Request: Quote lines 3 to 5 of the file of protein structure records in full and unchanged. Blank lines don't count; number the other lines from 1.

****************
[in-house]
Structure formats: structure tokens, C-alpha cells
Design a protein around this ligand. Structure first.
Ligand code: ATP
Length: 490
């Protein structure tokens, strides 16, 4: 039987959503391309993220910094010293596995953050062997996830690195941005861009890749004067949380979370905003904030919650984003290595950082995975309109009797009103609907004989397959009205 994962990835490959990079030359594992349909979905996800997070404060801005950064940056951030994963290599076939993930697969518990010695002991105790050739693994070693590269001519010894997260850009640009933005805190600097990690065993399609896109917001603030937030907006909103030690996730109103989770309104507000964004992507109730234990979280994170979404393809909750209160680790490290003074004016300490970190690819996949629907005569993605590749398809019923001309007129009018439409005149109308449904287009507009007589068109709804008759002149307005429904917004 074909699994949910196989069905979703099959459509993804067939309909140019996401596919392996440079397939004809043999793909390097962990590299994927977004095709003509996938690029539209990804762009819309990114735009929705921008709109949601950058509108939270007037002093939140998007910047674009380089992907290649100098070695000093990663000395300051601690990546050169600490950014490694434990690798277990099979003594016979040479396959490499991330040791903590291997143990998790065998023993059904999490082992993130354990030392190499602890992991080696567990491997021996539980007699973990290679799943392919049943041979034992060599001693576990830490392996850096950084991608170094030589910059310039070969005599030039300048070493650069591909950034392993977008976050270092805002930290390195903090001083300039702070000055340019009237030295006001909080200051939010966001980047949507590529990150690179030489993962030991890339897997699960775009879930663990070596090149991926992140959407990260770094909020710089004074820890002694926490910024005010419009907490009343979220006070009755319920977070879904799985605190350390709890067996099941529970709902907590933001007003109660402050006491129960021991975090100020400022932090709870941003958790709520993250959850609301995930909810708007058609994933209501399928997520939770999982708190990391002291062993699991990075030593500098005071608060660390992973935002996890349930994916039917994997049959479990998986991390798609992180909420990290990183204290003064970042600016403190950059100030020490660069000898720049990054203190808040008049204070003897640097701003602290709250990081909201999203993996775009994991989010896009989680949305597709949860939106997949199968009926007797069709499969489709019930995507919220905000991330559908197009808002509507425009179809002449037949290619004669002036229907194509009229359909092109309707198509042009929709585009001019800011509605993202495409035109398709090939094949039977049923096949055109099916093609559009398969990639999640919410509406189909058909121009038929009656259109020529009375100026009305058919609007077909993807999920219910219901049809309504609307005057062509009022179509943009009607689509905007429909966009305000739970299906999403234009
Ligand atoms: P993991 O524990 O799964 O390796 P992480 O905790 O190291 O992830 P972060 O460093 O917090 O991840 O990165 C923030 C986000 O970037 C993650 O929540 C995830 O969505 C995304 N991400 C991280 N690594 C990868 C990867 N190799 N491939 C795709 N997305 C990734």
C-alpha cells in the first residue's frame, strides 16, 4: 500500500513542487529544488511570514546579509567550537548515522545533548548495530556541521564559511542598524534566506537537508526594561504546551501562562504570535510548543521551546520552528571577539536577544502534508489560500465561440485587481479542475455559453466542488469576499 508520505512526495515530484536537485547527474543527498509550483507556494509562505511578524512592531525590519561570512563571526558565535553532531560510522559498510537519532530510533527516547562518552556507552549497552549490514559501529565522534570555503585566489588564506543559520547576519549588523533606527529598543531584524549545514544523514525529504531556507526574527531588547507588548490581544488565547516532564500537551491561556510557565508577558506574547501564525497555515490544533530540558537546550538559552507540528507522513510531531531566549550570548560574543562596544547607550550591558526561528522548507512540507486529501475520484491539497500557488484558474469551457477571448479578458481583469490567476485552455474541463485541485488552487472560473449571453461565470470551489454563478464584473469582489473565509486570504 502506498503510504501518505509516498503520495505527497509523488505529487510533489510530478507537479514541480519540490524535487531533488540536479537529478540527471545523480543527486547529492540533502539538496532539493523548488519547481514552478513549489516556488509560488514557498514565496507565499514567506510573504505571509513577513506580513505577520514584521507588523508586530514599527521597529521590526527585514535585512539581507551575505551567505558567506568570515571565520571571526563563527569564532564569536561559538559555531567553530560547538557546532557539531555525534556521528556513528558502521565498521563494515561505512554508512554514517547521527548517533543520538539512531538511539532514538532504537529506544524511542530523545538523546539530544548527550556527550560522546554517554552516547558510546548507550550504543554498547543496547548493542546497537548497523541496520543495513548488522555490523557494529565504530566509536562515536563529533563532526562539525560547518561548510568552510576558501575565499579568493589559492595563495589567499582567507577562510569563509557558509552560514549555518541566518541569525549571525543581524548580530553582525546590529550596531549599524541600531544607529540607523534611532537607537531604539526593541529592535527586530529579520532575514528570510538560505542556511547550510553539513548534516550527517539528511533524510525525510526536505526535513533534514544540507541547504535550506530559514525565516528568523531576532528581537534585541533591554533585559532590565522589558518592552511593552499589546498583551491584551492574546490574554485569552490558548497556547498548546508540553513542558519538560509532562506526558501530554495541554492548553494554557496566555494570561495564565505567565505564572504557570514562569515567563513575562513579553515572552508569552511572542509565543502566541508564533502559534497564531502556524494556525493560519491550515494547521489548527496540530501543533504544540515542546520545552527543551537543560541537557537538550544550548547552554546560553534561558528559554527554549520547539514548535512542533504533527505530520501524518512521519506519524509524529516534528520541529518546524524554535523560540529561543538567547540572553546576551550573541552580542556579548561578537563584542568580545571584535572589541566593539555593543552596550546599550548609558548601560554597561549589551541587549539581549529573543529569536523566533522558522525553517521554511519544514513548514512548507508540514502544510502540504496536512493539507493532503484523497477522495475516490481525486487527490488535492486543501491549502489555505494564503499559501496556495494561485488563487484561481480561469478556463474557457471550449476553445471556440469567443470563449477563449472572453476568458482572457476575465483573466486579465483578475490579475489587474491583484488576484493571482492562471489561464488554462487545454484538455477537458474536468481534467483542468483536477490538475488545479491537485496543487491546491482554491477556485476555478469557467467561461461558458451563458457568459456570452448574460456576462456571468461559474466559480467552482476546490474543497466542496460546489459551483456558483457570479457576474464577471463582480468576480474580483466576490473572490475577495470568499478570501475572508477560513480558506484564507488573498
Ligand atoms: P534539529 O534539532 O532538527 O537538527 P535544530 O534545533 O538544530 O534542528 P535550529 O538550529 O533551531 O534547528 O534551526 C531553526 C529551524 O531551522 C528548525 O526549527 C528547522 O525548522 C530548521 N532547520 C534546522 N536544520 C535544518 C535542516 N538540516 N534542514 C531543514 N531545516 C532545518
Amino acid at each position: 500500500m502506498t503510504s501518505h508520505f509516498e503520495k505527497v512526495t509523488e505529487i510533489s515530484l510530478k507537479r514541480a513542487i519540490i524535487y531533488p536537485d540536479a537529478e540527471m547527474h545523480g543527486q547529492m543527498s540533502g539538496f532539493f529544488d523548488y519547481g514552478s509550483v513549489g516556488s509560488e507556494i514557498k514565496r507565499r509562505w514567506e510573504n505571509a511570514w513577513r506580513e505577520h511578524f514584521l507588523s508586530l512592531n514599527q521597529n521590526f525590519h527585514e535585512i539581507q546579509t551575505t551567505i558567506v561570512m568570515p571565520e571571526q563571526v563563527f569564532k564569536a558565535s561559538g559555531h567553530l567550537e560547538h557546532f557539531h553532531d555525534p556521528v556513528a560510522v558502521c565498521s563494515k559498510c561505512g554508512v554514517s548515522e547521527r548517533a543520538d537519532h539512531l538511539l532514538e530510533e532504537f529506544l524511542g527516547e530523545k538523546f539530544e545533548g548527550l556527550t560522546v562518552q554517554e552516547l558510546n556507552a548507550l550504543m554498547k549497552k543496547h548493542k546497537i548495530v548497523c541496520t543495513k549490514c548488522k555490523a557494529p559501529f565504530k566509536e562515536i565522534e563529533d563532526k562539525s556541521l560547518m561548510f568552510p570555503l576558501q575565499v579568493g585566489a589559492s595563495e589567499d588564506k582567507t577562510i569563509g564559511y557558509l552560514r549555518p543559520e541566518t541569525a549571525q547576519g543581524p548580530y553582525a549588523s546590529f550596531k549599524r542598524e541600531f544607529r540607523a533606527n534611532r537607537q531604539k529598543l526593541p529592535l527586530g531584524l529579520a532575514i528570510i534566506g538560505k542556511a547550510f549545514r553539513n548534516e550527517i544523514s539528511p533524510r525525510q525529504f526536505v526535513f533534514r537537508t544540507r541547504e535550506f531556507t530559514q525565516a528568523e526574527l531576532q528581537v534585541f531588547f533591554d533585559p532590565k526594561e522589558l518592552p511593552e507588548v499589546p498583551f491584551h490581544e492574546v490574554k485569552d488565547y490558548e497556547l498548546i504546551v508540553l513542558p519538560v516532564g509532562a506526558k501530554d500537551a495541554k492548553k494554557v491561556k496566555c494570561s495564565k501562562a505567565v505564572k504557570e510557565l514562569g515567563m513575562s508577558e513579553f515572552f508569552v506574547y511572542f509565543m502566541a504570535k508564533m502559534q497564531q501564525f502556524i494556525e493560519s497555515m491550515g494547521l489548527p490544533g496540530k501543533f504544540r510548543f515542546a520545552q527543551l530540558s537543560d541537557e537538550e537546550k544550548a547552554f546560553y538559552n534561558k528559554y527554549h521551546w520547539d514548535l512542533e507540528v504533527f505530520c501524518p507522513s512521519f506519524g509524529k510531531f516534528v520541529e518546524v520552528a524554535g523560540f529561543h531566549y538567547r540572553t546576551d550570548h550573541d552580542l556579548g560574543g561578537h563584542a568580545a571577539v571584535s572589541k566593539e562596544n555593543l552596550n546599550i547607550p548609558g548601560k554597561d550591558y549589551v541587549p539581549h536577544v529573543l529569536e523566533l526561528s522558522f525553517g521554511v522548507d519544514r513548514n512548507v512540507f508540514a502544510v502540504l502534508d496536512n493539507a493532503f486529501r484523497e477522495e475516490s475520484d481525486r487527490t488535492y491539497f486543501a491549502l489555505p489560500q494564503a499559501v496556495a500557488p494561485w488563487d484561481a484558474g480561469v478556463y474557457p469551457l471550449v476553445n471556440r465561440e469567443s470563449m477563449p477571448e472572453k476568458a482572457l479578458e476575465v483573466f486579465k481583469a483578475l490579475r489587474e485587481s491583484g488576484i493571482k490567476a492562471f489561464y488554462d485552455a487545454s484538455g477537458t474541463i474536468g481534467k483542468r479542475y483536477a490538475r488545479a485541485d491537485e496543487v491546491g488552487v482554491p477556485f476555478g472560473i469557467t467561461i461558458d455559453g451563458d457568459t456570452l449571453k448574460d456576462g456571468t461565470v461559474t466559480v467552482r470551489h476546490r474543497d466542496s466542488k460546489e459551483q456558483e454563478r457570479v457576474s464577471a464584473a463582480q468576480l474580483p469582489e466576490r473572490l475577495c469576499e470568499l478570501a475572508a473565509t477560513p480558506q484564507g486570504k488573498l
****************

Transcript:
Design a protein around this ligand. Structure first.
Ligand code: ATP
Length: 490